In Sports

Rocky Bleier has been knocked down and gotten back up on the battlefield, the football field, and in life (Photo: Rocky Bleier)

In Sports

Bleier never was the biggest or strongest running back, but teammates say he had the most heart. (Photo: Pittsburgh Steelers)

In Sports

Bleier is a highly-sought speaker for teams and corporations. (Photo: Rocky Bleier)

In Sports

Bleier was the Steelers fourth all-time leading rusher when he retired in 1980. (Photo: Pittsburgh Steelers)

Solid as a Rock

It is a story even Hollywood couldn't make up. Robert Patrick Bleier, a scrawny Midwest kid, earns his way to Notre Dame as legendary coach Ara Parseghian arrives to transform the once mighty Fighting Irish. After four years, including one national championship season, this same kid gets drafted by the Pittsburgh Steelers. Against all odds, he makes the team, only to get sent to Vietnam, where he is wounded in battle, only to return and become an integral member of the most dominant team of an era.

To understand Rocky Bleier, you have to go back to the corner of Lawrence and Walnut Streets in Appleton, Wisconsin, where Bleier's tavern was located. Above the bar is where Rocky lived growing up, the first of four children born to Bob and Ellen Bleier on March 5, 1946.

"It was an ideal time in our country," Bleier remembers. "There was no conflict going on. Prosperity was in the air. Doors were unlocked; all of that 'Americana' was taking place. At the time it was our little world."

Eventually, Bleier's little world would take him from unimaginable heights to the lowest of lows, only to have that storyline recycle more than once.

Bob Bleier used to tell patrons at his tavern that his newborn son looked "like a little rock." Rocky Bleier's persona proved to be prophetic while still in the crib. Rocky and his friends didn't play in any organized leagues until around the fourth grade, and that was only in basketball.

Lifelong friend and high school football teammate Kelly Kornely remembers a young Bleier that always felt he had something to prove. "Rocky wasn't the first guy picked when you chose your team," Kornely recalls today. "He was the scrawny little kid even when we got to high school, but you couldn't beat the guy's desire or work ethic."

It was on the playgrounds of Appleton as a youth where young Rocky Bleier met Gene "Torchy" Clark. Clark was just beginning as a football and basketball coach in the 1950's, but he would have a profound affect on athletes for generations to come. Eventually, Clark would go on to become the first men's basketball coach at the University of Central Florida in 1969. He retired in 1983 and passed away in 2009 at the age of 80.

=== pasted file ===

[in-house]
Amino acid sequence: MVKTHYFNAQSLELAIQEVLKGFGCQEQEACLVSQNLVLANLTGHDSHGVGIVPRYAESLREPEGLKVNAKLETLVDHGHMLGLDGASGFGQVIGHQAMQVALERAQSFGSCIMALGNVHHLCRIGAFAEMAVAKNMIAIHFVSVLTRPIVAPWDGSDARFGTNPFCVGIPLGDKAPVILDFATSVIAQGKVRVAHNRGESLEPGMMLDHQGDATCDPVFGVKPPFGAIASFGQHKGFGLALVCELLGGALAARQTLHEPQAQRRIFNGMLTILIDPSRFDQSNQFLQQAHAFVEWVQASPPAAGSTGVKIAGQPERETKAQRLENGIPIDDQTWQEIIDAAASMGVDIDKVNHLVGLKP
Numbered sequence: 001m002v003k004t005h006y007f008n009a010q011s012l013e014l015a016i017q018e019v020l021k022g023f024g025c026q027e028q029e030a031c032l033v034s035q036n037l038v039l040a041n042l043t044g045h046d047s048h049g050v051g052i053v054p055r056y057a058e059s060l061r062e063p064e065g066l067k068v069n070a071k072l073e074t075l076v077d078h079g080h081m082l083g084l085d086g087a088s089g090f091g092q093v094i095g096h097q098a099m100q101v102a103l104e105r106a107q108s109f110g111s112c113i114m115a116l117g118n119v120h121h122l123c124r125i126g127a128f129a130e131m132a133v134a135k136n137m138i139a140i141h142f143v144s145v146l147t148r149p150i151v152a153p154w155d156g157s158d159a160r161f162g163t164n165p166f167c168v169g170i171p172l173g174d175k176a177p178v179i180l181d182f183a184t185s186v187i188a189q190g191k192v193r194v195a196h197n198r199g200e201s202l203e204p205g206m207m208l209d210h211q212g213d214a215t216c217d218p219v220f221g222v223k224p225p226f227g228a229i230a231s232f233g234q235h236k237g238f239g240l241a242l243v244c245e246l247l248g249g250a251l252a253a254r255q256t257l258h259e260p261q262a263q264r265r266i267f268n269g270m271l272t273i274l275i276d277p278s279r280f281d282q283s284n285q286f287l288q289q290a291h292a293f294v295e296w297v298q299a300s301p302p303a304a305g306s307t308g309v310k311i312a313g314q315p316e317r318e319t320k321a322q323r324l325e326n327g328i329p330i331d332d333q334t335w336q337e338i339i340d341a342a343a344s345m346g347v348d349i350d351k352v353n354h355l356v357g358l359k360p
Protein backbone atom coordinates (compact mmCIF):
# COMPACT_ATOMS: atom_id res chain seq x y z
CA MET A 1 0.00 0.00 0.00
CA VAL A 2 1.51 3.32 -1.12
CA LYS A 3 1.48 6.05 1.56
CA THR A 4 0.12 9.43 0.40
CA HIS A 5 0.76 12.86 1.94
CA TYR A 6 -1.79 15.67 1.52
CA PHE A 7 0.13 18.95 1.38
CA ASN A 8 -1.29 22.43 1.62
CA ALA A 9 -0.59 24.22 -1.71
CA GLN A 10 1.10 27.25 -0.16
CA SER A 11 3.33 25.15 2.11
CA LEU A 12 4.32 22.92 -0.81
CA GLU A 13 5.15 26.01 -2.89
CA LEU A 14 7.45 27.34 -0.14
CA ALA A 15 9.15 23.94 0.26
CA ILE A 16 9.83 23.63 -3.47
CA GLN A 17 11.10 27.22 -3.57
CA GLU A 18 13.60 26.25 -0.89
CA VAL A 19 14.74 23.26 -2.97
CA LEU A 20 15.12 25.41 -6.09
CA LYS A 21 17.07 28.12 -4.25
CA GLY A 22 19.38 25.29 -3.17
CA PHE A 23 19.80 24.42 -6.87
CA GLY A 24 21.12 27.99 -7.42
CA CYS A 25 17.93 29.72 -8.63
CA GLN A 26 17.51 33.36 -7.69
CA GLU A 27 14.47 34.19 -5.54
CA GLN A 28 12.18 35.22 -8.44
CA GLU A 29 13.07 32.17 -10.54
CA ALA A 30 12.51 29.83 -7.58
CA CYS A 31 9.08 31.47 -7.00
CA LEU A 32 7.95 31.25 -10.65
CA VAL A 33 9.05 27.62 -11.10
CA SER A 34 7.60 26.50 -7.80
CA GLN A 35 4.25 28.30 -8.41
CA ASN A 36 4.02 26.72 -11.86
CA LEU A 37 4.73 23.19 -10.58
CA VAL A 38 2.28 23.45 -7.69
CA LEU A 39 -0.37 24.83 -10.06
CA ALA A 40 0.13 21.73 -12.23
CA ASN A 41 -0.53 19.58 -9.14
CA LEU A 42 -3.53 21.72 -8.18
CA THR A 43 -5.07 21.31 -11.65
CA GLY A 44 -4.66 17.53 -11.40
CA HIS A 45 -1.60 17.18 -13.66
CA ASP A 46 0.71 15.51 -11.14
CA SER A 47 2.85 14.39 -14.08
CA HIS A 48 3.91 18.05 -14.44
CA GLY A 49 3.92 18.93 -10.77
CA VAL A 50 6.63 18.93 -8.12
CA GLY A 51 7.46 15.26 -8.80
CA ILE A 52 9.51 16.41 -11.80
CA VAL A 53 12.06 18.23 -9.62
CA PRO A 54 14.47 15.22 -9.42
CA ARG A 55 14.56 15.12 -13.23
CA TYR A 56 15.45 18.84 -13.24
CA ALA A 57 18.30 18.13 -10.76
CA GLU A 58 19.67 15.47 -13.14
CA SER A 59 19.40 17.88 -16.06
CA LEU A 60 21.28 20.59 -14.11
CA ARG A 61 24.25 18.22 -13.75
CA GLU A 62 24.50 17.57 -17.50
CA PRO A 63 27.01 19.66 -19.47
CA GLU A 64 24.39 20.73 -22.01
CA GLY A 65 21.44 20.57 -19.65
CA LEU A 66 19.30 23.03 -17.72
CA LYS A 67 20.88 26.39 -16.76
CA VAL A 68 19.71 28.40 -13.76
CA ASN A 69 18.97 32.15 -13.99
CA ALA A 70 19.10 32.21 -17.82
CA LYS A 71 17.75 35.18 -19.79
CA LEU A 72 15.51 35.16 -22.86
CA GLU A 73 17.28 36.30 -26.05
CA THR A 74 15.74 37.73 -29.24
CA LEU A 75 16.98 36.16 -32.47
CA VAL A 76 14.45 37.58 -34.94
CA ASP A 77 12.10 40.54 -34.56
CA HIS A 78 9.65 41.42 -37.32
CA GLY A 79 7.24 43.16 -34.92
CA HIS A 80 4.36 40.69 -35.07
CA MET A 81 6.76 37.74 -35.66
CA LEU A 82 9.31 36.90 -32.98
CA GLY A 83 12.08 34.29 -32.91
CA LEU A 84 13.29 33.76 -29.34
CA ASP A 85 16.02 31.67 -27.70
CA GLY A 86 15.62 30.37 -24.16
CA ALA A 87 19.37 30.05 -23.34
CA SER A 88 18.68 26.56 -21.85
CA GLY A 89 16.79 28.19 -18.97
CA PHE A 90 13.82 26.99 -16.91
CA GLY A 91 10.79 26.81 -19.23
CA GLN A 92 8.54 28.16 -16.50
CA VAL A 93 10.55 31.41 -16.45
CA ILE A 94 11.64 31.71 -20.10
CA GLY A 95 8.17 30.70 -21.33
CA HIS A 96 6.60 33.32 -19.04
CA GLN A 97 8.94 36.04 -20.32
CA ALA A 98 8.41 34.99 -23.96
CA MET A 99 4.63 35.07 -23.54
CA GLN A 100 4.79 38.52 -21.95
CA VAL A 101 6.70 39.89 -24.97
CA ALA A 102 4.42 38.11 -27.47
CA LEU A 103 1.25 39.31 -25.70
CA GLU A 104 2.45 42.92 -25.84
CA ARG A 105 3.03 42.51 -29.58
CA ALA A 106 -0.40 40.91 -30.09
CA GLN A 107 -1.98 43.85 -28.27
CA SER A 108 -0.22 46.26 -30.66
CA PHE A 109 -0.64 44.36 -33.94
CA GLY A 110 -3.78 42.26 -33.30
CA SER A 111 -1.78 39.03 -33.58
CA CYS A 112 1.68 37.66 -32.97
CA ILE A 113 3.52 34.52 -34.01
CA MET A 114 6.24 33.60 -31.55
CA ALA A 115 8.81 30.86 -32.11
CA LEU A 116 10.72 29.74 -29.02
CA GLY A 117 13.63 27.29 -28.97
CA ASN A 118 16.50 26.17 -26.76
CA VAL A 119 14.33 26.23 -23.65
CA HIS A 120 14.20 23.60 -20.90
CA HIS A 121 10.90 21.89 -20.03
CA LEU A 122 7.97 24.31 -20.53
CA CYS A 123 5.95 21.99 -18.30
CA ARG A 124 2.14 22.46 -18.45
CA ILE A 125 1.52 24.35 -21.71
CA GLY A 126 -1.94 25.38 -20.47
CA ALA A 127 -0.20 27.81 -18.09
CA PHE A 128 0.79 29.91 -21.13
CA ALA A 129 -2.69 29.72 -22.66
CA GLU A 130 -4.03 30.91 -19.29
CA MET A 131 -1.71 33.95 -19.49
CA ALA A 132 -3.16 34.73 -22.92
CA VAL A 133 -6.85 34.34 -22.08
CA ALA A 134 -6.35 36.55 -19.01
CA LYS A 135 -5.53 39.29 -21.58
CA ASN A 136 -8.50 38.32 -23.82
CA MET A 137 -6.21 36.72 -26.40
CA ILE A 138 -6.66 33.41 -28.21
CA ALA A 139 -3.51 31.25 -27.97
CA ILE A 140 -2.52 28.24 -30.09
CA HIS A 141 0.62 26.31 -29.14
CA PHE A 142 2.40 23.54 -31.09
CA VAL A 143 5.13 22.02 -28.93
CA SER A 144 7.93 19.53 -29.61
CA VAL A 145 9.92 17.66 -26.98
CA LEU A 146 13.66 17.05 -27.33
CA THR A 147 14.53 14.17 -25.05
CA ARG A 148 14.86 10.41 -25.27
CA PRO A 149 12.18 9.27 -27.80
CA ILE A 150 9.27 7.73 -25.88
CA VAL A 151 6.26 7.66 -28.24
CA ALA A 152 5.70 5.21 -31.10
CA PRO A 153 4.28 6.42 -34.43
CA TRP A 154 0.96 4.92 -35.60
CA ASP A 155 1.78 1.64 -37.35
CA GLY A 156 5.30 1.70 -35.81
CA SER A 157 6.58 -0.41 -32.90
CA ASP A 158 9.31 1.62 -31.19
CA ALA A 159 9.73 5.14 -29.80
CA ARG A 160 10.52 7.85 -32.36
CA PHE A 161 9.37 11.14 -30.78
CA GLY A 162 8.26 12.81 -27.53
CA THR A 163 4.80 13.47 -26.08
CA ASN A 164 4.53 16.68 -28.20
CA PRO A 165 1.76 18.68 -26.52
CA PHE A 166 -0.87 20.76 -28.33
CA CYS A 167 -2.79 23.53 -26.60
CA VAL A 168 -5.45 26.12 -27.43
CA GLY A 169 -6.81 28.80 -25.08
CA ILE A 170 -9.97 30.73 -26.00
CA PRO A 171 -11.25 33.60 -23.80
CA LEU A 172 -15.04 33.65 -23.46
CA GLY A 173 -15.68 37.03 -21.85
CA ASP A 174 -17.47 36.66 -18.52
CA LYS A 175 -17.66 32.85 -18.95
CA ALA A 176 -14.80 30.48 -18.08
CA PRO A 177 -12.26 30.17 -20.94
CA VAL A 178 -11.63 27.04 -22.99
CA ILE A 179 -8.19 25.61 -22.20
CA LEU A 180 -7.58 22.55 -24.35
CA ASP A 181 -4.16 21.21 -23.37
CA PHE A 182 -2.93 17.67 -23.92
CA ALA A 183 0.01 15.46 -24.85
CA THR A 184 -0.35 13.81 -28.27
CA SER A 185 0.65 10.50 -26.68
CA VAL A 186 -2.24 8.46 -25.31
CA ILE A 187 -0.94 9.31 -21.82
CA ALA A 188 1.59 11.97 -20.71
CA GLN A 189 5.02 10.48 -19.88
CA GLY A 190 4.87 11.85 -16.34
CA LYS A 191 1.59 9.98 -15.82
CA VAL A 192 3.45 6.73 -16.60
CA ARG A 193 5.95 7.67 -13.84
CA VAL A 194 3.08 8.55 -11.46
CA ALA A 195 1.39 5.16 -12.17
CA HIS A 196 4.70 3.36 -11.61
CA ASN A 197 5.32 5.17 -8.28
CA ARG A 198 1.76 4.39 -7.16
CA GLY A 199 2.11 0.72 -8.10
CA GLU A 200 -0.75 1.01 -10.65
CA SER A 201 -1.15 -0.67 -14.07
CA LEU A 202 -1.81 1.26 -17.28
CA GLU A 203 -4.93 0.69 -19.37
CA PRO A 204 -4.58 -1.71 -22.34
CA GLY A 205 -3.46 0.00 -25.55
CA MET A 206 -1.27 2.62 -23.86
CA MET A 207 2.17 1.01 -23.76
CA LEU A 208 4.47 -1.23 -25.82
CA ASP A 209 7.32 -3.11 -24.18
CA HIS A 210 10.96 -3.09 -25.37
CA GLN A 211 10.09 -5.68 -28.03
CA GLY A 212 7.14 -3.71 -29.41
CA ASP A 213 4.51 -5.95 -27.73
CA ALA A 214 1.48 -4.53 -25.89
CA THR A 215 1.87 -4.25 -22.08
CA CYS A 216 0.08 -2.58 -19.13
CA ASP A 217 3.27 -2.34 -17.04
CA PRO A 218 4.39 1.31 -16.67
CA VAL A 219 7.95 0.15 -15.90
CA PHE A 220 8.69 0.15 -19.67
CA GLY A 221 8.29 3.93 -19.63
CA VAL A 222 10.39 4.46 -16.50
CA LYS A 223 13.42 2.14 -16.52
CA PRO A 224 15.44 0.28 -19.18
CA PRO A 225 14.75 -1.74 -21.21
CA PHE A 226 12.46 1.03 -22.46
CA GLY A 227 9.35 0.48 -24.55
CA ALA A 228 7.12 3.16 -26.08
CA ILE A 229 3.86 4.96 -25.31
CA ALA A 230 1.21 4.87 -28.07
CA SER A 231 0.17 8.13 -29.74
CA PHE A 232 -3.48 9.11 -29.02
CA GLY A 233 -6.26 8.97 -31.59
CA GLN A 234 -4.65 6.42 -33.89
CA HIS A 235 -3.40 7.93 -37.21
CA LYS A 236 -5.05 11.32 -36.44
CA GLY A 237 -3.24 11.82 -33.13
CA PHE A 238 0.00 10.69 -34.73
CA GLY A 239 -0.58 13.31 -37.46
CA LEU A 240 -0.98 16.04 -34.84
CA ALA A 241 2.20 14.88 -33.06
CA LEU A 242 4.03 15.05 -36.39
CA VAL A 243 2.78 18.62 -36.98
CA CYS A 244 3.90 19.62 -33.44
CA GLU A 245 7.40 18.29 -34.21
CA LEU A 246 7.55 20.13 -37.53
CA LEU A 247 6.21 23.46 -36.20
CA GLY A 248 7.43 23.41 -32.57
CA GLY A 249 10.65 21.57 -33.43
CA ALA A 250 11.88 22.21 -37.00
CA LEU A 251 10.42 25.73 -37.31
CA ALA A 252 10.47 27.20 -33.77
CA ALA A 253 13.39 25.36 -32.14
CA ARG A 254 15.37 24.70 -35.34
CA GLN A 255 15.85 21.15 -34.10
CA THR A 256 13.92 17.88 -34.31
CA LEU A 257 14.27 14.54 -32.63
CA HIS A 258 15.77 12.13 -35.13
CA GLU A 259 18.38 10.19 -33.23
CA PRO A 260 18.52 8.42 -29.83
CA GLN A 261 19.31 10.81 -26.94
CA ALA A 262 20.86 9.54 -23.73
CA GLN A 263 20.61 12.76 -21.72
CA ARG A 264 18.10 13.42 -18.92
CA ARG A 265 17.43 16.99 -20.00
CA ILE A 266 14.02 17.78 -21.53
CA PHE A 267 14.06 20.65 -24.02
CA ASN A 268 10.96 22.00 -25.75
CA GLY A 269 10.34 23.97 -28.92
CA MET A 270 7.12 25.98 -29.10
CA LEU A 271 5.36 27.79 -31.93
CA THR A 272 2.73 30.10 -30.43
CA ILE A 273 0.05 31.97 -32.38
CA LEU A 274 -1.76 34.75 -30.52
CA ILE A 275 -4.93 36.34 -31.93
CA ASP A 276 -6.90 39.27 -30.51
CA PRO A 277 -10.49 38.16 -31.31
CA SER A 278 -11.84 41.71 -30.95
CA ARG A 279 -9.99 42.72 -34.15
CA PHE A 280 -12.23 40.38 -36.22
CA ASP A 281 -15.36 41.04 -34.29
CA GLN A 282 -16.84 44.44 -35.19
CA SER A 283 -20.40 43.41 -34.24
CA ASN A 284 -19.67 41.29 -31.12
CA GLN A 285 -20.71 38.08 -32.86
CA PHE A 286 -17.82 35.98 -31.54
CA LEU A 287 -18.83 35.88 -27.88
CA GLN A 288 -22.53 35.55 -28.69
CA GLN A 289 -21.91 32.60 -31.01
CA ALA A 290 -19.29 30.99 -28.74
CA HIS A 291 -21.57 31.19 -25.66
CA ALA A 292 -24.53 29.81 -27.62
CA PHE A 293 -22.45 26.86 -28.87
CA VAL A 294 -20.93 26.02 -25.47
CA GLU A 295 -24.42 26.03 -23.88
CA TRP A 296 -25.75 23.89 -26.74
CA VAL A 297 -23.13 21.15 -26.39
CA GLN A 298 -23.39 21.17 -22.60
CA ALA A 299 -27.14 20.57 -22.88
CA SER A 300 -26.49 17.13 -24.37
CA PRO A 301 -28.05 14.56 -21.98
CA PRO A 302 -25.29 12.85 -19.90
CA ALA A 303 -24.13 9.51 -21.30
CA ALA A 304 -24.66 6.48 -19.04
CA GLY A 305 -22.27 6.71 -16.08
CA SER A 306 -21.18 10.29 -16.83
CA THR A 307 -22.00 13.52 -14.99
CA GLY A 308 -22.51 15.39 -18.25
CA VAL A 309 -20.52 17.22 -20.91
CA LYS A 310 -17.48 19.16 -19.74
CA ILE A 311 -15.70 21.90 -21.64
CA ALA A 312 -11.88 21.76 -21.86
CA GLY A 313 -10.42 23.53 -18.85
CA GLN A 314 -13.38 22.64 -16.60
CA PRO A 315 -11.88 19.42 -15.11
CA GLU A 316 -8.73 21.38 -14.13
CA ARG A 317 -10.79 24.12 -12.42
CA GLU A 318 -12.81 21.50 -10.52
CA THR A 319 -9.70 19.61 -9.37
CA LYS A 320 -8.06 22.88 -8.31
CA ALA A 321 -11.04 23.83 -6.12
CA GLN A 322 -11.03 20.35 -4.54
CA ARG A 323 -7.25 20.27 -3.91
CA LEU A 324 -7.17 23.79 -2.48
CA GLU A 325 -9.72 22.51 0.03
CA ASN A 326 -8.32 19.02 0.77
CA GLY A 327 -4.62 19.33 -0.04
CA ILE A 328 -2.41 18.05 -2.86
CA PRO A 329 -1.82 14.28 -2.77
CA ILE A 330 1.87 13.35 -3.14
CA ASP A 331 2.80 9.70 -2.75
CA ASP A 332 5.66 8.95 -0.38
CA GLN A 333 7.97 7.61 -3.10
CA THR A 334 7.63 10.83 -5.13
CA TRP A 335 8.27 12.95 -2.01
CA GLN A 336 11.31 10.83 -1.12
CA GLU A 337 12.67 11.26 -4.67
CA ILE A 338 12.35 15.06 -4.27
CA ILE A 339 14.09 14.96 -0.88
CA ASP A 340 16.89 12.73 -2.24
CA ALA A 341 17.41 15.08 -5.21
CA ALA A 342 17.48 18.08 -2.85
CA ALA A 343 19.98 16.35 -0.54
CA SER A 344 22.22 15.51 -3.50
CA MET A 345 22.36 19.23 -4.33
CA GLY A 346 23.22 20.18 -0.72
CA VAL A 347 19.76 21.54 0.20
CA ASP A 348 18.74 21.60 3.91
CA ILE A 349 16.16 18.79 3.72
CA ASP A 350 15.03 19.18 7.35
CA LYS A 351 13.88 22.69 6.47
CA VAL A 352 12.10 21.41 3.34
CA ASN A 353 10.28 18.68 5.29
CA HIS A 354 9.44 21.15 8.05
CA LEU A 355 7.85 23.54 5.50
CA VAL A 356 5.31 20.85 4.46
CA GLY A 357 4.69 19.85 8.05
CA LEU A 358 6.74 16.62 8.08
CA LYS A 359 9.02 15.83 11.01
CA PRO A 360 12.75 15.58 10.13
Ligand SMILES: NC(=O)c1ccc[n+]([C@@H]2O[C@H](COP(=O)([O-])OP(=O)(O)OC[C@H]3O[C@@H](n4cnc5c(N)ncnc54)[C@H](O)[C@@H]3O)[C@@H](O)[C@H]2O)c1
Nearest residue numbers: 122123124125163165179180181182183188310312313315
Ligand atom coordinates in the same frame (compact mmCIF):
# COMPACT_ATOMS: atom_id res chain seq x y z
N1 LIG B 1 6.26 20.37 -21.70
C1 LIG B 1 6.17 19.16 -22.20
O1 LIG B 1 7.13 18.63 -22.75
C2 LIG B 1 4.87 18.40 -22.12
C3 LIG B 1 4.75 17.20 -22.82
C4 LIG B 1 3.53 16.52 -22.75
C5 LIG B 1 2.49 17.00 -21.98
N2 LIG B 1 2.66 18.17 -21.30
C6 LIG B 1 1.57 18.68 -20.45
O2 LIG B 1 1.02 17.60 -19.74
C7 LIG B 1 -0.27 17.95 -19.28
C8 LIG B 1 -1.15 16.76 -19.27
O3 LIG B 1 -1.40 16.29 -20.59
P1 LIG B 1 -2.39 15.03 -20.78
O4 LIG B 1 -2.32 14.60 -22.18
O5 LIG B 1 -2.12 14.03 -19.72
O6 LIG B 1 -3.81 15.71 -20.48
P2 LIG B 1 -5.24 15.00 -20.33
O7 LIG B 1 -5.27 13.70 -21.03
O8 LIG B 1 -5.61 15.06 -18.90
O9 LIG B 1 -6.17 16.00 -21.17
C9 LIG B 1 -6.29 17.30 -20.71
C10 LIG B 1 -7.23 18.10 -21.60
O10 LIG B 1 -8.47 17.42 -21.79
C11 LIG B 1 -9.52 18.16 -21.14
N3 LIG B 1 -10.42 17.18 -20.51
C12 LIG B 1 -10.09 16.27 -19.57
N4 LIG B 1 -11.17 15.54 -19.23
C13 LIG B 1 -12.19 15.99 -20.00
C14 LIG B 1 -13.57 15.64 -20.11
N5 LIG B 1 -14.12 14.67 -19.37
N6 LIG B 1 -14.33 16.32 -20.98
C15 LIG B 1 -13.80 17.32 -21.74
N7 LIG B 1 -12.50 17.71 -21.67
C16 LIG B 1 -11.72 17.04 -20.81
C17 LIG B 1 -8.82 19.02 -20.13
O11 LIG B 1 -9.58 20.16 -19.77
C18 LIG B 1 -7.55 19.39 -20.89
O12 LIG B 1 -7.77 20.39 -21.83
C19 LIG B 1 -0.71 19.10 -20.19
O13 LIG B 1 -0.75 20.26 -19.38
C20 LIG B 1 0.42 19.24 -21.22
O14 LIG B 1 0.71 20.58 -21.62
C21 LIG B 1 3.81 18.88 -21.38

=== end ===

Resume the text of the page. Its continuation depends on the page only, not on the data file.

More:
"Torchy was always the coach to beat!" Bleier says of Clark. "His desire to win; his ability to get the most out of his players was tremendous. Kids wanted to play for him. He just had that touch."

That was one of the reasons Clark was tabbed to be the first basketball and football coach at Appleton Xavier High School when it opened its doors in 1959, one year before Bleier's freshman year.

The 1961 football season saw some changes at Appleton Xavier. Although it had opened its doors two years earlier, this was the first year it was a full four-year accredited school. It was also the football season that saw Rocky Bleier make a touchdown run that they are still talking about almost 50 years later.

Hated Green Bay Premontre were the kings of the Fox Valley Catholic Conference when they hosted their neighbors to the south.

They were the dominant school; they had all the great athletes," Bleier remembers. "It was a hard hitting back-and-forth game. It was late and we needed a touchdown to win. (Quarterback Dick) Weisner pitched me the ball, and I got around the corner, tiptoeing down the sidelines, keeping my balance as they tried to push me out of bounds. My left foot stayed in bounds, my right foot is hanging out over the line. I bring it back in to score the touchdown and we go on to win the game."

"He threw about five or six Premontre players off of him," teammate Kip Whitlinger remembers today. "It was an incredible play. From that time on, word got out that this guy was something special."

Bleier says that game was a turning point because Xavier they felt like they could beat anyone. It turns out that is exactly what happened; as the Hawks went on to win 31 straight football games.

After three straight years of being named all-conference and two straight years on the all-state team, Bleier was named to the Parade All-American Team. From there, after receiving several offers, he chose to go to school and play football at Notre Dame.

As Bleier arrived in South Bend, so did legendary coach Ara Parseghian. With Bleier in the backfield, the Fighting Irish won the 1966 national championship. "I found a role, I found a niche, and I got a chance to play," he says today.

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